On December 15th, Visa started to process card transactions made by foreign visitors to the country at the preferential “tourist dollar” exchange rate, officially launched by the central bank on November 4. The change means tourists, business travelers and other visitors are now able to buy nearly twice as many pesos for every dollar.
The new exchange rate is close to the “MEP” (Electronic Payment Market, by its Spanish initials) dollar. At roughly 320 pesos for each dollar at the time of writing, it is more attractive than the official exchange rate, which is 170 pesos.
Visa, together with Mastercard, which joined the program on December 2, represent “more than 90% of the market share,” according to an official source inside the central bank. “Only Amex, which has less than 10% of the market, is still not on board,” said the source.
The difference in exchange rates prompted foreign visitors to bring cash and exchange their dollars on the informal market, which offered a substantially better rate than banks, exchange houses and other places that use the official rate. Florida Street in Buenos Aires, for instance, is a well-known place where “arbolitos” – unlicensed money changers – sell “blue dollars”, as the unofficial exchange rate is called. Now, visitors can get a similar rate legally by using Visa, Mastercard, and Cabal credit, debit, and pre-paid cards and paying with US dollars or any other foreign currency.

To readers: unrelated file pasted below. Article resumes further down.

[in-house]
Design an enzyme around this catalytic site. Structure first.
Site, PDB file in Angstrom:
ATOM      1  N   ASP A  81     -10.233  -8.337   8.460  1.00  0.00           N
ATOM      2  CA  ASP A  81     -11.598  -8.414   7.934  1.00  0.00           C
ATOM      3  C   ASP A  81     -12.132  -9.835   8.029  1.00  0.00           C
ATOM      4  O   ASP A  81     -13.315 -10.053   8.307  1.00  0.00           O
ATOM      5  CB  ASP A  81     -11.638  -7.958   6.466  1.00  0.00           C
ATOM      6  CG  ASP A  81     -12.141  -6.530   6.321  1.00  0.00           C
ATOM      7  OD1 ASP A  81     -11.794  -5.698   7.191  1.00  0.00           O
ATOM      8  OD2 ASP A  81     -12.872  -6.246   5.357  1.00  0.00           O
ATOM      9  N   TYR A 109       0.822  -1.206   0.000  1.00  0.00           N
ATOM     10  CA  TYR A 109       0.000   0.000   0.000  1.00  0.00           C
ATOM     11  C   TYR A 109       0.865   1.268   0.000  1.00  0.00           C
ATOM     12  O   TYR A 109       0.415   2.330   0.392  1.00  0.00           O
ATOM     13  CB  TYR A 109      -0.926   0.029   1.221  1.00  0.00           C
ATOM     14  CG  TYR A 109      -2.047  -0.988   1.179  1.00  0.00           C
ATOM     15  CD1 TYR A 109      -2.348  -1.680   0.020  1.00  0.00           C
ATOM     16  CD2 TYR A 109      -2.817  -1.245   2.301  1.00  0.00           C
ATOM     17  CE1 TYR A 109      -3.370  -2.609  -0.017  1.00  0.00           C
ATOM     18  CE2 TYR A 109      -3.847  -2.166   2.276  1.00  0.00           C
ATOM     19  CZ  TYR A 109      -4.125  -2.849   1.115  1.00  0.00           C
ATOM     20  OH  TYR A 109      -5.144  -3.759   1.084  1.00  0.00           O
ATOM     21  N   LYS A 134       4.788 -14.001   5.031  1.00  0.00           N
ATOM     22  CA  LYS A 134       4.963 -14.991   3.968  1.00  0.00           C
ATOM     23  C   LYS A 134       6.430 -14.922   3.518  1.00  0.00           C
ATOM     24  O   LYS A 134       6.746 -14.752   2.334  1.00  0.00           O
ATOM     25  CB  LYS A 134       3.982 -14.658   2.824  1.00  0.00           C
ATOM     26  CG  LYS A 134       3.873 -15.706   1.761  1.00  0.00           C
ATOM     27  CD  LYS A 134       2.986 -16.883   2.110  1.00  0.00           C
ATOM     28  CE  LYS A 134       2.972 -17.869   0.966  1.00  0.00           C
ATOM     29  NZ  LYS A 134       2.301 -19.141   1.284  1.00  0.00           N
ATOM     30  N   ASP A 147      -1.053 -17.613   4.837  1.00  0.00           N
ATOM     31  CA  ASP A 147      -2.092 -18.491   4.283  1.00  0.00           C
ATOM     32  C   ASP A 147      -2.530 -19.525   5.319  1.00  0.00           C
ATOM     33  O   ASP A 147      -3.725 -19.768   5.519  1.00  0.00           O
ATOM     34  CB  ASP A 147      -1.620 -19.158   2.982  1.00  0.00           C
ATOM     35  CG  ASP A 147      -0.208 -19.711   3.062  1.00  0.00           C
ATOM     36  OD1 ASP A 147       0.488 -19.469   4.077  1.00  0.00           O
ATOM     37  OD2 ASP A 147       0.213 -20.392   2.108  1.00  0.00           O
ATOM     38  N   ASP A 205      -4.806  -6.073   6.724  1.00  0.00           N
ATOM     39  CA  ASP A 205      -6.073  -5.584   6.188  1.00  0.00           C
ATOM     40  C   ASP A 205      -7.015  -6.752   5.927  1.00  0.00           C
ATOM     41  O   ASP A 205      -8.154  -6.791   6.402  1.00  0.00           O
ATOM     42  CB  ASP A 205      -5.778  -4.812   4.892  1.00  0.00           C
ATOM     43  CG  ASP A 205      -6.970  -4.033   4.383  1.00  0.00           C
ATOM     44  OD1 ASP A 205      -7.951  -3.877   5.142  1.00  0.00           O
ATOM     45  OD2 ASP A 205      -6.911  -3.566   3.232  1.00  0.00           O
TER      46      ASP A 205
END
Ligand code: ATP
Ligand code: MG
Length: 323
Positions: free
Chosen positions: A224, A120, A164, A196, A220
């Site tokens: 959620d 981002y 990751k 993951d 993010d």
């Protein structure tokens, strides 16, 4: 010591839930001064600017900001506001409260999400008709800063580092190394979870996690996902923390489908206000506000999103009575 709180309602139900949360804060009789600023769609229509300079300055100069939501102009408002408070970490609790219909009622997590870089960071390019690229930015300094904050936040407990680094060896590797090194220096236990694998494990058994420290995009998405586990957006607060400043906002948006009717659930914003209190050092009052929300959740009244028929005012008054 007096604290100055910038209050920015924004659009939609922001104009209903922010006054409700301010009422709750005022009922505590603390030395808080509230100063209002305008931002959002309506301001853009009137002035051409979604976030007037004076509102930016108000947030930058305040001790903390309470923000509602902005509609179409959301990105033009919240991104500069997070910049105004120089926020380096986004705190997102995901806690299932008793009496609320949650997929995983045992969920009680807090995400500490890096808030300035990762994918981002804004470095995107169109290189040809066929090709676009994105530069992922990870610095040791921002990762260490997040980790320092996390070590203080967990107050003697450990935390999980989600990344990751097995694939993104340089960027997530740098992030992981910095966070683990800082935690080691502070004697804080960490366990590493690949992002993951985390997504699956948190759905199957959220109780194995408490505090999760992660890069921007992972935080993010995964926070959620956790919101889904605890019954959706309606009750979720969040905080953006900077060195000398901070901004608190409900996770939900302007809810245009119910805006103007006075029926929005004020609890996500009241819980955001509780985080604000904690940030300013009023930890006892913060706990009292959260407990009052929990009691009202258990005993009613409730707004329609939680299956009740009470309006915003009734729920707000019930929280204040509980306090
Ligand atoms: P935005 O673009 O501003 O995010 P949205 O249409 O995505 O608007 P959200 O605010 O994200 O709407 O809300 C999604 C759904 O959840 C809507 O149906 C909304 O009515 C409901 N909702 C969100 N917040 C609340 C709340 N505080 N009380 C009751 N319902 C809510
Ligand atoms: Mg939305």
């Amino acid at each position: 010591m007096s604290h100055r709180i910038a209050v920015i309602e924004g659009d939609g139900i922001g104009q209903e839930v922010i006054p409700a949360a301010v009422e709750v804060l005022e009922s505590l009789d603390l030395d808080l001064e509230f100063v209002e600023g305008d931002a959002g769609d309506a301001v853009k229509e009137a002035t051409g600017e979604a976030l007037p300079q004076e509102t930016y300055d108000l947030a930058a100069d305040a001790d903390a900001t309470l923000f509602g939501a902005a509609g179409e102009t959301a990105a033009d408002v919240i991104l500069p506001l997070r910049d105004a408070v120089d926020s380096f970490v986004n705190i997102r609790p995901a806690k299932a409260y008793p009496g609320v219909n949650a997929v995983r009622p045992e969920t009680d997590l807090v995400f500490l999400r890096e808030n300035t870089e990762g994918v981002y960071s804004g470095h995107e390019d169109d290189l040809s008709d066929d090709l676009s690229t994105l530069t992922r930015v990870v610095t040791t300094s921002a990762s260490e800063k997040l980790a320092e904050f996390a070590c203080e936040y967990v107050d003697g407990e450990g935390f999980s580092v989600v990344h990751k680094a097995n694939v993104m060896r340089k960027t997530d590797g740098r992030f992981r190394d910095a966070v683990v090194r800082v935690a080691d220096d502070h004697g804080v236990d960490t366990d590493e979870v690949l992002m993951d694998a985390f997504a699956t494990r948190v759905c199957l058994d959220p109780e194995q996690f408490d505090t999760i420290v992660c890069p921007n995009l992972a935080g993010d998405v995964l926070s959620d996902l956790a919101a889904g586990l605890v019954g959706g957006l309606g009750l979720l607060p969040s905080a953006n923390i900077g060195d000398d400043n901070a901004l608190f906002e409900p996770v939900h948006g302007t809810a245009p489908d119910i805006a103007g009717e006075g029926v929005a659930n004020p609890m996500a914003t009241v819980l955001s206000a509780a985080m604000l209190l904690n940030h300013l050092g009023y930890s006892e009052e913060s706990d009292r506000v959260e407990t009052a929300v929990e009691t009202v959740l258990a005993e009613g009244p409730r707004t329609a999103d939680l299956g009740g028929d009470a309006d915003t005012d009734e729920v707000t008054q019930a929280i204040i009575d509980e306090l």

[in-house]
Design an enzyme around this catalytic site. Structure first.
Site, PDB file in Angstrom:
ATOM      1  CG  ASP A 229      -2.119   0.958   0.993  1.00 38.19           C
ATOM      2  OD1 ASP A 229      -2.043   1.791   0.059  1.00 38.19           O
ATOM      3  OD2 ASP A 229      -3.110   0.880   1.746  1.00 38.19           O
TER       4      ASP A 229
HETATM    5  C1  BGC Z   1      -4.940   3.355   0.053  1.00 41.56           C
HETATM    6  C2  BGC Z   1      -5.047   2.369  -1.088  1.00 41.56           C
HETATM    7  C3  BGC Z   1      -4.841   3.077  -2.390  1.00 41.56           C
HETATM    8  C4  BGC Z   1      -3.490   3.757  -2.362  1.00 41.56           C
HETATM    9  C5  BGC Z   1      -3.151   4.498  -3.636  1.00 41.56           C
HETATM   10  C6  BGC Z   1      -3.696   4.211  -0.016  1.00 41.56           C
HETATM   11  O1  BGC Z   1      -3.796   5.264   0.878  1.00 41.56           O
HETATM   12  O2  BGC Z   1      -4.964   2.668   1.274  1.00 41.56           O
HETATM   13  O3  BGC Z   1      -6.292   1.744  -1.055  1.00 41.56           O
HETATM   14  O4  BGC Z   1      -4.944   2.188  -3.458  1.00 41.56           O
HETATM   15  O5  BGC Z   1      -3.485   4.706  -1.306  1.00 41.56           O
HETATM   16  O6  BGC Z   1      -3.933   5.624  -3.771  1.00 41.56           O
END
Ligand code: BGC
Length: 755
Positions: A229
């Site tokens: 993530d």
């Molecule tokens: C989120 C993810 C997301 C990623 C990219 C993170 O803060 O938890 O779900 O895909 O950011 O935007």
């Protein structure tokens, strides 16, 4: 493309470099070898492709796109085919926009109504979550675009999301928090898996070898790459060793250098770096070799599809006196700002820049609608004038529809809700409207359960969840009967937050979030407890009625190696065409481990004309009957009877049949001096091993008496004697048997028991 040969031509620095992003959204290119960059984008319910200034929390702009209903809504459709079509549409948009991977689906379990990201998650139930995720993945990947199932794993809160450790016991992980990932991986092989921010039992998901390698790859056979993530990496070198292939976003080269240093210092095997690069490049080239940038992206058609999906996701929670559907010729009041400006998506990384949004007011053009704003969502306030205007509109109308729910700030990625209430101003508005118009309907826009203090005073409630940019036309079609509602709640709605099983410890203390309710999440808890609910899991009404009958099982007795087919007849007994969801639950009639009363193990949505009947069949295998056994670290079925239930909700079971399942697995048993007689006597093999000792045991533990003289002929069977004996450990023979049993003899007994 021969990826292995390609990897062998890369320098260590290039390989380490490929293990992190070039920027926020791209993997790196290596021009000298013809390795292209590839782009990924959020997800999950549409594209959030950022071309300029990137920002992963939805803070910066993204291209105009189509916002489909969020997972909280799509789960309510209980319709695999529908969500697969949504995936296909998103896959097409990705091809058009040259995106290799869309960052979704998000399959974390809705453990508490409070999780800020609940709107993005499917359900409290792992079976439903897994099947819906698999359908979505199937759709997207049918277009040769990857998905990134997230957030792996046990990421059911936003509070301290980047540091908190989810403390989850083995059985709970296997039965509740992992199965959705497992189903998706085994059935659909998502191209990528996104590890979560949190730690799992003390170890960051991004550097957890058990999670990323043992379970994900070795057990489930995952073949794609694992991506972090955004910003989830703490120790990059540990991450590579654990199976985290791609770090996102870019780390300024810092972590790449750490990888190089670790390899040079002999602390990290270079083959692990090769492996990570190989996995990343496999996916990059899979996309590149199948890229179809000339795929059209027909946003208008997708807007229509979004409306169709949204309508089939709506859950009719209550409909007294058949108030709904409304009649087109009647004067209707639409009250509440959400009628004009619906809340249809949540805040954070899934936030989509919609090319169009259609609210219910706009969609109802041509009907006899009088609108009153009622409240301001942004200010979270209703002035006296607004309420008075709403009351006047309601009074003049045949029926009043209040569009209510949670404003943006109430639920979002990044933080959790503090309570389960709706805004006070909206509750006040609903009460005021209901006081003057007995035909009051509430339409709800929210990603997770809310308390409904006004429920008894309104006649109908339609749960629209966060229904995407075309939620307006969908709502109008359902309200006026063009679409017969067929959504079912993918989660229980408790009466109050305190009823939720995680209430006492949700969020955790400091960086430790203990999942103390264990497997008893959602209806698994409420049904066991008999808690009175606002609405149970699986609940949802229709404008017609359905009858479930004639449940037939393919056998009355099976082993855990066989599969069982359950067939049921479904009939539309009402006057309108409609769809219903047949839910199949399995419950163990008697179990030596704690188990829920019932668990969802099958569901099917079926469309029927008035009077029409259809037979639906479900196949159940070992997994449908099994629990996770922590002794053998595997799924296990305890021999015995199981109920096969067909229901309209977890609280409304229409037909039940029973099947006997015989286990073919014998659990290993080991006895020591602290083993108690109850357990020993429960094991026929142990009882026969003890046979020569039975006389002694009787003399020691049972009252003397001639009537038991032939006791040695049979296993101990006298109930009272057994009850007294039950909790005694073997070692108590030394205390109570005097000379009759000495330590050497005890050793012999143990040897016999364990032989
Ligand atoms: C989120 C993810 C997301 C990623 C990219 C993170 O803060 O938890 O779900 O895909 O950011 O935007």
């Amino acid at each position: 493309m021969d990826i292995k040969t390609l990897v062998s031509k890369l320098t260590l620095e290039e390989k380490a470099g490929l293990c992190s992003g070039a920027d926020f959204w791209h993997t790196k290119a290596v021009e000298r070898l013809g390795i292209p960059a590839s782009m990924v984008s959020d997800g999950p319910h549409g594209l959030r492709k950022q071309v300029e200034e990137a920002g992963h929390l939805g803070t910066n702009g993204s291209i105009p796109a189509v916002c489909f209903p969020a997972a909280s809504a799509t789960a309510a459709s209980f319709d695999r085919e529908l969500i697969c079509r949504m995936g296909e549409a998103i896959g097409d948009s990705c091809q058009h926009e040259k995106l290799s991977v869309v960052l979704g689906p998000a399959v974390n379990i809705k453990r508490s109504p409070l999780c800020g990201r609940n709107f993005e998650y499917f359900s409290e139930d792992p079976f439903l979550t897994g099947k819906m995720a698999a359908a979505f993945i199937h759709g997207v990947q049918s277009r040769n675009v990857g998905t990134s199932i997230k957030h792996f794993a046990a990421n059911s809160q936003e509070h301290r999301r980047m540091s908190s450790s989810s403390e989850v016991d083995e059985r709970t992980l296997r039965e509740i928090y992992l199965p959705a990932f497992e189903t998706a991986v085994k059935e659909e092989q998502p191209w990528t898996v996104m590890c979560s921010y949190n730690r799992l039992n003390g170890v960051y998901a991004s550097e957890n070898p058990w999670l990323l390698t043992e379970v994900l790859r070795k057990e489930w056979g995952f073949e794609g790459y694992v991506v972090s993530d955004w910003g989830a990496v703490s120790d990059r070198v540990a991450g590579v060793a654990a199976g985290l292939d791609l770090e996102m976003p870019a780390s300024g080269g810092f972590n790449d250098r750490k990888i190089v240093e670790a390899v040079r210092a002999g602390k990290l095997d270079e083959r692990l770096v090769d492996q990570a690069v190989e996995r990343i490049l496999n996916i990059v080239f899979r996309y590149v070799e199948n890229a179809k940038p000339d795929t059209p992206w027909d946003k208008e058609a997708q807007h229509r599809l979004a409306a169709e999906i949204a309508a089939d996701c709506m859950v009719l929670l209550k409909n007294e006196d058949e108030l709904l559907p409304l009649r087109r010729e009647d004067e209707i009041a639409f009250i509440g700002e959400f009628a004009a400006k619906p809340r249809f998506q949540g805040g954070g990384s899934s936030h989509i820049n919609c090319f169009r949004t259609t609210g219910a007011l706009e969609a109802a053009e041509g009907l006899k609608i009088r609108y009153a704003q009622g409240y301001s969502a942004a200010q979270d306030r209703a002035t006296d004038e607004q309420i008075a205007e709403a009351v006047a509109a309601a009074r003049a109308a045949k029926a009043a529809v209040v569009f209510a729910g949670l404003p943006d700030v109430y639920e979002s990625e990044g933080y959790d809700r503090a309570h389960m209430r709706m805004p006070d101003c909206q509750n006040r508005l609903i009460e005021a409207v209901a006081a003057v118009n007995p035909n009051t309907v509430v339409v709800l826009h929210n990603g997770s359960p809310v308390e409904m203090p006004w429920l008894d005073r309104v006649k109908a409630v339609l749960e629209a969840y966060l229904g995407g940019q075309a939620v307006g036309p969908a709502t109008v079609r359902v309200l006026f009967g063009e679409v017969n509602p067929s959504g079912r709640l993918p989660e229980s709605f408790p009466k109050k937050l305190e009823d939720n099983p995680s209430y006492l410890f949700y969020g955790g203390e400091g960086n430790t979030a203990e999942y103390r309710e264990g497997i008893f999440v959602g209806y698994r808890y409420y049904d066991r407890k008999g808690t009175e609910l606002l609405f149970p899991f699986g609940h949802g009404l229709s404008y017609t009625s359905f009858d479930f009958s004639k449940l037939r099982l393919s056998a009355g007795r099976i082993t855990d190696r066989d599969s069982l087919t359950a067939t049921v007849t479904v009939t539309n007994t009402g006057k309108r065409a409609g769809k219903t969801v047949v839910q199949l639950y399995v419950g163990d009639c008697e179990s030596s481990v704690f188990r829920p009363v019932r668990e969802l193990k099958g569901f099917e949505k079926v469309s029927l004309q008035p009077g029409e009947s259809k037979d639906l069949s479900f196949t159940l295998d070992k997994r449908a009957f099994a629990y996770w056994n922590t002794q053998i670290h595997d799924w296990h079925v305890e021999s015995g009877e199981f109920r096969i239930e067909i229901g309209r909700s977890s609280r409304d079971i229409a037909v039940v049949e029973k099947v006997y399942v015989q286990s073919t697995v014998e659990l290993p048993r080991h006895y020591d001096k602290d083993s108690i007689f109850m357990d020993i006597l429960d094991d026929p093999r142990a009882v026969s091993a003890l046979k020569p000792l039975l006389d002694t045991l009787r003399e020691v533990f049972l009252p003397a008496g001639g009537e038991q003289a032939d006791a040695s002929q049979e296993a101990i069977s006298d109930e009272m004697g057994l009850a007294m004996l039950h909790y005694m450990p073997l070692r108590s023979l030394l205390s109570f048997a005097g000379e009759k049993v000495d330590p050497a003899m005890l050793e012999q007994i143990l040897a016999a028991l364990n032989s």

“After working with the central bank, emitters, processors, and the financial ecosystem, we managed to implement a solution that benefits foreign tourists who use Visa cards,” said Visa in a press release published today.
The “tourist dollar” was designed “for all the expenses someone with a foreign address could have,” according to sources inside the Ministry of Economy. However, anyone who holds a foreign card, being them residents or visitors, can benefit from the exchange rate.
With at least 12 exchange rates available (there are different ones for tourism, music shows, soybean exports, and so on), the central bank and the Ministry of Economy are facing a US dollar shortage and trying to resist an abrupt devaluation. “Because it’s a formal sector, at the time of liquidation, [the tourist dollar] will also increase […] reserve accumulation, something that is very important for us,” said the source back in November.